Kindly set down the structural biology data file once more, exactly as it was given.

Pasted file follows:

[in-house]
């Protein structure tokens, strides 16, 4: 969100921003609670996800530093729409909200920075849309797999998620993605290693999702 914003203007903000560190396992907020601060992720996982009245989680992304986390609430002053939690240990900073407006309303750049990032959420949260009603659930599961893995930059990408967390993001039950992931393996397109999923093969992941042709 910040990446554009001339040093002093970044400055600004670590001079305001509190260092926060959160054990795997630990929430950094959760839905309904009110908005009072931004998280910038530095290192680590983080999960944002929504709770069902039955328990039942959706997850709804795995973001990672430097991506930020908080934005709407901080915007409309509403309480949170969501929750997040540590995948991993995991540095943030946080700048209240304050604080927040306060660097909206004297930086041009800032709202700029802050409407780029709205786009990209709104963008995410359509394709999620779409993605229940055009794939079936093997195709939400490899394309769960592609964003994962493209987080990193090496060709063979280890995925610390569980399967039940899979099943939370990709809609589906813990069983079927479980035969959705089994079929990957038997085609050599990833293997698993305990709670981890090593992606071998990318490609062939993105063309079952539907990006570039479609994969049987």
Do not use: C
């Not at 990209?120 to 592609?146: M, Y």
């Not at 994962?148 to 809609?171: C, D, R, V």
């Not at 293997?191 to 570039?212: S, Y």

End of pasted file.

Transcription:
[in-house]
């Protein structure tokens, strides 16, 4: 969100921003609670996800530093729409909200920075849309797999998620993605290693999702 914003203007903000560190396992907020601060992720996982009245989680992304986390609430002053939690240990900073407006309303750049990032959420949260009603659930599961893995930059990408967390993001039950992931393996397109999923093969992941042709 910040990446554009001339040093002093970044400055600004670590001079305001509190260092926060959160054990795997630990929430950094959760839905309904009110908005009072931004998280910038530095290192680590983080999960944002929504709770069902039955328990039942959706997850709804795995973001990672430097991506930020908080934005709407901080915007409309509403309480949170969501929750997040540590995948991993995991540095943030946080700048209240304050604080927040306060660097909206004297930086041009800032709202700029802050409407780029709205786009990209709104963008995410359509394709999620779409993605229940055009794939079936093997195709939400490899394309769960592609964003994962493209987080990193090496060709063979280890995925610390569980399967039940899979099943939370990709809609589906813990069983079927479980035969959705089994079929990957038997085609050599990833293997698993305990709670981890090593992606071998990318490609062939993105063309079952539907990006570039479609994969049987």
Do not use: C
């Not at 990209?120 to 592609?146: M, Y």
């Not at 994962?148 to 809609?171: C, D, R, V």
């Not at 293997?191 to 570039?212: S, Y």